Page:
What does it say about the rap game when one of its few living legends drops a near vintage album, allegedly his last, and nobody listens? Sans promotional blitz, or self-congratulatory hyperbole, Brad Jordan’s swan song succeeds where so many of his veteran peers stumble. On Emeritus, Houston’s longest tenured street scholar commandeers the sounds of the now, making them conform to his timeless style, as opposed to the other way around.
All of the talents that have made Scarface one of the most consistently compelling artists in the genre are in fine form here: brutally vivid imagery, cinematic storytelling, emotive blues tinged deliver and a deceptively straightforward flow that somehow manages to sink into just the right crevices of any beat. An influx of fresh production talent succeeds in touching up Face’s sound, but make no mistake, it is still his sound. On the Nottz produced “Can’t Get Right” crisp drums and clean keys provide a distinctly contemporary backdrop, yet the spooky vocal sample and menacing tempo set the stage for the unique hybrid of street ruminations and sociopolitical commentary that ‘Face perfected when Pac was still clownin’ around with the Underground. Illmind’s slinky synths bring palpable tension to “It’s Not A Game” as ‘Face reflects on the brutality of the streets and his own past. The gunplay here lacks the nihilistic bluster of “Murder By Reason of Insanity,” or even the calculating efficiency of “Jesse James”; this is an older, wearier ‘Face musing matter-of-factly on life, death and the gray area in between from which he has mined so many gems. He even manages to maintain his string of oddly enjoyable sex songs, directing his dark humor towards the art of macking on “High Notes.” It may be a Devin The Dude hook away from “Sex Faces” perfection, but the soulful sway of Jake One’s track makes it more than passable for that 3am drive home from the club (sober of course).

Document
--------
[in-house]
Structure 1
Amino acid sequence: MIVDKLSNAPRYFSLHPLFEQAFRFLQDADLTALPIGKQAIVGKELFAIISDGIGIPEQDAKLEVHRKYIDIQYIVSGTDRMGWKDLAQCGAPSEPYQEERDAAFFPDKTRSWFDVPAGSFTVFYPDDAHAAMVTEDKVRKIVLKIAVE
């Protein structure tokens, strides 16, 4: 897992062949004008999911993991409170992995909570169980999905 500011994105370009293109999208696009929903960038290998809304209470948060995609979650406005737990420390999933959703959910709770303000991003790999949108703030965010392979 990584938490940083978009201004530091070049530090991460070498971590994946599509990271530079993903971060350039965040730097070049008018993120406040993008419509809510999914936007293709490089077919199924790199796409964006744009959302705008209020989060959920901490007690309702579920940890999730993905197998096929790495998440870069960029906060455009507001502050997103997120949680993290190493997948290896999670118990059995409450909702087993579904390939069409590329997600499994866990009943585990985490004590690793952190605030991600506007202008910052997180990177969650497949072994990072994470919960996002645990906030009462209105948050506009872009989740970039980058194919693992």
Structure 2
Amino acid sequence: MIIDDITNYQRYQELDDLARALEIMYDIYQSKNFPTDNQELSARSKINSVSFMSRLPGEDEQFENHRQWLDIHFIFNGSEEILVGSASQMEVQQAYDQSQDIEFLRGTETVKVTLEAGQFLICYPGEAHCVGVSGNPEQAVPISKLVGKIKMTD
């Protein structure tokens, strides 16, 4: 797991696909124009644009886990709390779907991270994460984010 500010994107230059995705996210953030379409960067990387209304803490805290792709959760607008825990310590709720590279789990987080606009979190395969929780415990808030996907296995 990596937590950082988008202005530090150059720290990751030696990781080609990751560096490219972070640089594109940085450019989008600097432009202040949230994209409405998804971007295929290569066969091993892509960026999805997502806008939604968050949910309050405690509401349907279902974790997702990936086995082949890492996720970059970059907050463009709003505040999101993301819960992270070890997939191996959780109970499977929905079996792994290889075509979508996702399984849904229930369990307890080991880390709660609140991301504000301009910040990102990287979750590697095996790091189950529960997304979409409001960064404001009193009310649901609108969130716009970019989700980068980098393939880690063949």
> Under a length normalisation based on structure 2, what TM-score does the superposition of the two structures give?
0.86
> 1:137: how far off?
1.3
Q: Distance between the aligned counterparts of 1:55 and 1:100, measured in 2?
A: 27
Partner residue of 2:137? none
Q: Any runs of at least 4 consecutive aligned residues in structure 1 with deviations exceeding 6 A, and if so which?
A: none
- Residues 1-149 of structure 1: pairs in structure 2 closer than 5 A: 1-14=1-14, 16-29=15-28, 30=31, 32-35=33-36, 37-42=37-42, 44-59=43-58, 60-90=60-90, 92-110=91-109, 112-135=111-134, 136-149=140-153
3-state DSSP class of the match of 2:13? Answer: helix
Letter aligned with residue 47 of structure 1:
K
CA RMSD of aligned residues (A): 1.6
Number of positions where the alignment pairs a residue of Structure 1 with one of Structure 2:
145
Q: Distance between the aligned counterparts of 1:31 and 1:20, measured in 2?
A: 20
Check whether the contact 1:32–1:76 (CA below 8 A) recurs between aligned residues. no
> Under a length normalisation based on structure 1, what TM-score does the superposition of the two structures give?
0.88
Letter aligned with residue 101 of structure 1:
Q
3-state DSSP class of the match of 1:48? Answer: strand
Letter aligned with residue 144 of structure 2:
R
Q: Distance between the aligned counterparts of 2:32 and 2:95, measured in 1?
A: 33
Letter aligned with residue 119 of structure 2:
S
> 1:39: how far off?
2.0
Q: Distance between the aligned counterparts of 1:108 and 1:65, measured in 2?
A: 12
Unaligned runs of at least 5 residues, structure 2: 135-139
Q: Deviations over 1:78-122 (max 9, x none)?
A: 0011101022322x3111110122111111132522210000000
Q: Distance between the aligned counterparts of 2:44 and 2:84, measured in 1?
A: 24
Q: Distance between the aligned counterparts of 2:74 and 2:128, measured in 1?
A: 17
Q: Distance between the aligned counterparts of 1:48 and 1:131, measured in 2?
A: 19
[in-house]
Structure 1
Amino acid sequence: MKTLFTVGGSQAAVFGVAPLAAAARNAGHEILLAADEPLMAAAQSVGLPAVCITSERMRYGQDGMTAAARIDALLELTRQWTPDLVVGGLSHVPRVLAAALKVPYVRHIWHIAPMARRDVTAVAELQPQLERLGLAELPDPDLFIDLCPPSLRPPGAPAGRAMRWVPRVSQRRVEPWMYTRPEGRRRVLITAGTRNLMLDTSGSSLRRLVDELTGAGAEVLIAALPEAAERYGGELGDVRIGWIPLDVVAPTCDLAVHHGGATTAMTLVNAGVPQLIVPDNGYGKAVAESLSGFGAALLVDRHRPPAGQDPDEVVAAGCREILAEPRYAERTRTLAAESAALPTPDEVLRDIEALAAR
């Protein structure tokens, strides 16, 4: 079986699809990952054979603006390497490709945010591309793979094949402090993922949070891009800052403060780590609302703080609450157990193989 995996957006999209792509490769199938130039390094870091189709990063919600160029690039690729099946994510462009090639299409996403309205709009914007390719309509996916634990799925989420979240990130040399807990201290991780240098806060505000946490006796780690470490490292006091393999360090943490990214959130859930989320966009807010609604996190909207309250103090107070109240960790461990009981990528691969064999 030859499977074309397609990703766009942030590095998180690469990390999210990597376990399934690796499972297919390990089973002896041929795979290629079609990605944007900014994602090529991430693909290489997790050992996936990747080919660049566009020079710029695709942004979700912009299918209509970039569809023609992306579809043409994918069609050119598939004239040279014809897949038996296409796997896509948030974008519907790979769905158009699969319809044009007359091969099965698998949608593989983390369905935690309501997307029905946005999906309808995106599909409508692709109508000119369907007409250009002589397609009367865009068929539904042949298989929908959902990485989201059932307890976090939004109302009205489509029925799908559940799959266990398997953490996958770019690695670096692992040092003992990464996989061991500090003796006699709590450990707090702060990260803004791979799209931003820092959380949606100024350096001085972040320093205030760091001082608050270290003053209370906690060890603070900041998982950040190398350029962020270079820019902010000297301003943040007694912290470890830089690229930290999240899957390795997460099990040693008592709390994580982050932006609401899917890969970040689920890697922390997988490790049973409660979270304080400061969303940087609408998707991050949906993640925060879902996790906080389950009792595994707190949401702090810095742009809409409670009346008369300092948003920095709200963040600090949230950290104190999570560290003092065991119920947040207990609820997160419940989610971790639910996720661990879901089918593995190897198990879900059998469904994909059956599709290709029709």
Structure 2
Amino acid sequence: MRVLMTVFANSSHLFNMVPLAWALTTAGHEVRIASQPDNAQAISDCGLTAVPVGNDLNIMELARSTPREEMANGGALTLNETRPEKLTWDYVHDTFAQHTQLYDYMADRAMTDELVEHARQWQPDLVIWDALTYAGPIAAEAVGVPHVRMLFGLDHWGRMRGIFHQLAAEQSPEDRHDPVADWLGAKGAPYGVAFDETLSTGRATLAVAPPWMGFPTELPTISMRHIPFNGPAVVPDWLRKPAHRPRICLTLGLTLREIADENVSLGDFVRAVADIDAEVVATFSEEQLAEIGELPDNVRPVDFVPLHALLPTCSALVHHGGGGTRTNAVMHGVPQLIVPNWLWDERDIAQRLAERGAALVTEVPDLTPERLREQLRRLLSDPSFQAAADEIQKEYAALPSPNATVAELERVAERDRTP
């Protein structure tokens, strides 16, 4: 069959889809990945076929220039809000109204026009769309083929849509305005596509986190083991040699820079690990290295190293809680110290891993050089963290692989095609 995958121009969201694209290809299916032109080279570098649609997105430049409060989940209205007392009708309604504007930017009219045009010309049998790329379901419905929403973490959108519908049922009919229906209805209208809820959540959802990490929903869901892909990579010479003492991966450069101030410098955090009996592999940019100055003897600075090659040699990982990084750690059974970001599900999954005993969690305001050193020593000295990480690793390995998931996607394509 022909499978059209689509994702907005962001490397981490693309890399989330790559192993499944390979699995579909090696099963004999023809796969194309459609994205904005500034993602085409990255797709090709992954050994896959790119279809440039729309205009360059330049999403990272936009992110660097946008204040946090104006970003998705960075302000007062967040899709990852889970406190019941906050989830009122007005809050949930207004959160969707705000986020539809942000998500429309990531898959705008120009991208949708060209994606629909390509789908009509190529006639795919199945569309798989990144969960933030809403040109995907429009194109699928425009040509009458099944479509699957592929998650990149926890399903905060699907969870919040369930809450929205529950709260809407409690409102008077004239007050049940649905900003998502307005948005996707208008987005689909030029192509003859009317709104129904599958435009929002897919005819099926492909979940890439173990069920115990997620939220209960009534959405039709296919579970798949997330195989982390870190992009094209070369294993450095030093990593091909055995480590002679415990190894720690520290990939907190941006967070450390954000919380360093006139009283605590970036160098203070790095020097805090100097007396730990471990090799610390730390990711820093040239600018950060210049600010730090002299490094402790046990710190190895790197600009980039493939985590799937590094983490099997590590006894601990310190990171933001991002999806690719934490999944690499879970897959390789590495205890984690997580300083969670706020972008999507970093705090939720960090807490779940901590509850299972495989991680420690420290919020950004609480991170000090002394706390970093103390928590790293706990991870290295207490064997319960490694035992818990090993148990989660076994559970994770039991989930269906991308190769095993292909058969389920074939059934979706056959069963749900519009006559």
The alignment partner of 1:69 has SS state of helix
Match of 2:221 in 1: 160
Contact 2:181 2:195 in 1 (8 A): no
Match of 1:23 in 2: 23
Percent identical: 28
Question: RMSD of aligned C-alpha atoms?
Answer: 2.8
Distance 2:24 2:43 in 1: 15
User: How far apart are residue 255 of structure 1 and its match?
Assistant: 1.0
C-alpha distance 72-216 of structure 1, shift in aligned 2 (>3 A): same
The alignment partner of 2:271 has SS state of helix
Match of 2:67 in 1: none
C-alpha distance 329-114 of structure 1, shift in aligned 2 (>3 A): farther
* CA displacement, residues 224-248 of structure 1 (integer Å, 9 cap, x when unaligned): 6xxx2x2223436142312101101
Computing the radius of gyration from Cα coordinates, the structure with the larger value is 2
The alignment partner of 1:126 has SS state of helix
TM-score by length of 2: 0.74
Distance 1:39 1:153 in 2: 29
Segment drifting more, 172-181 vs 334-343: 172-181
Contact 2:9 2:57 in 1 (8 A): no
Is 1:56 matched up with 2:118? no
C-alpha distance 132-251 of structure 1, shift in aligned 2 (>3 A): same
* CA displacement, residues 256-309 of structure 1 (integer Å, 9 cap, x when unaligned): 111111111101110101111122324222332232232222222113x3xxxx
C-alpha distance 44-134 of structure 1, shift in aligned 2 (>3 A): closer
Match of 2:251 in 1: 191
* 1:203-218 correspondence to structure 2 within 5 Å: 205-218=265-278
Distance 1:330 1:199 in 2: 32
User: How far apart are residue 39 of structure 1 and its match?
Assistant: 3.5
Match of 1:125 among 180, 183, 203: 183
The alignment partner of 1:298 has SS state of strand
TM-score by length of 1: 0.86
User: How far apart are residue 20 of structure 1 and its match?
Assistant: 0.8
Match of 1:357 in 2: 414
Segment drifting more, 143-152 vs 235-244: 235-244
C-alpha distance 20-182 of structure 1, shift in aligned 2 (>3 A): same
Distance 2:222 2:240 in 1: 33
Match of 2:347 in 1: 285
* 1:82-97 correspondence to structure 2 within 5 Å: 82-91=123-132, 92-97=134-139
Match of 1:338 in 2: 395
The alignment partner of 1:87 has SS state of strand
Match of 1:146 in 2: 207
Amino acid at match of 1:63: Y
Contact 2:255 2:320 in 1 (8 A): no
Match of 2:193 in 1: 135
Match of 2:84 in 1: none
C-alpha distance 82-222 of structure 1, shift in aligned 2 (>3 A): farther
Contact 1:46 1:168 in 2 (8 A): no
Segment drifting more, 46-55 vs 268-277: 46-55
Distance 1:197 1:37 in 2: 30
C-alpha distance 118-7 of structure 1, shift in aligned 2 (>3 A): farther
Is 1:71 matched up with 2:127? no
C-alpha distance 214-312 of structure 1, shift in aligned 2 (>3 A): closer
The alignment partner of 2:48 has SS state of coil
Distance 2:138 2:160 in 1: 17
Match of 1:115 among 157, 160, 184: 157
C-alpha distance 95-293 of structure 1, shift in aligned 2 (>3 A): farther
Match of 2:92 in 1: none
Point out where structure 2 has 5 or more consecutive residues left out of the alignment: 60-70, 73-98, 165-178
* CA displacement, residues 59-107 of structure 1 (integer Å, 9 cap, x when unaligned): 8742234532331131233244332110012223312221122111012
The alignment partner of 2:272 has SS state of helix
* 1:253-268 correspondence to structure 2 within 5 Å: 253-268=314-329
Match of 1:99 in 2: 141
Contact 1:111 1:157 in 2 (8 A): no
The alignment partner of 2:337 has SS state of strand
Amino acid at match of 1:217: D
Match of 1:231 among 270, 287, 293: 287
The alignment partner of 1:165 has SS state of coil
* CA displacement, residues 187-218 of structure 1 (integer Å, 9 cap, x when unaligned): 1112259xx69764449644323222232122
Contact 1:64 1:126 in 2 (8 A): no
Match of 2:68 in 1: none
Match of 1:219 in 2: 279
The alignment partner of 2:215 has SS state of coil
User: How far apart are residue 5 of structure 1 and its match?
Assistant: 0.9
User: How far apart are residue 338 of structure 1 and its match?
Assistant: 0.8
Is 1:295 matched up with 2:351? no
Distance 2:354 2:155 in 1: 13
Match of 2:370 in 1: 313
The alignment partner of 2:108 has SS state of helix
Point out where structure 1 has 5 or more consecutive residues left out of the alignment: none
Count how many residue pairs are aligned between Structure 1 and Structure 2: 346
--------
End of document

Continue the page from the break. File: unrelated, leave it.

The only real flaw of Emeritus (besides the underdevelopment of the initially promising “Redemption Song”) comes in the presentation. While the beats themselves are stellar, the sonic quality is cold and sterile. Compared to the fullness of 2002’s The Fix, the mastering feels cheap and generic, undermining what should have been a dynamic listening experience for long time fans.
Still, with nothing to prove, Scarface has delivered one of the best rap albums of the year. What to make of the modest of fanfare? Well, times change. ‘Face is not “Lil,” nor is he “Young,” and in a way, it would be undignified for him to jostle with those who are (or pretend to be) for adolescent download dollars. If this retirement is legit, perhaps it is his acknowledgment that the game has moved on, and so should he. Yet, with the album’s title defined in the cover art as “retired or honorably discharged from active professional duty, but retaining the title of one’s office or position,” it is clear that ‘Face understands the magnitude of his influence, and might be leaving the door ajar for the occasional guest lecture, or even seminar course. Rap may be a young man’s game, Emeritus album proves that a true O.G. ages like the purest of moonshine.
– Jeff Harvey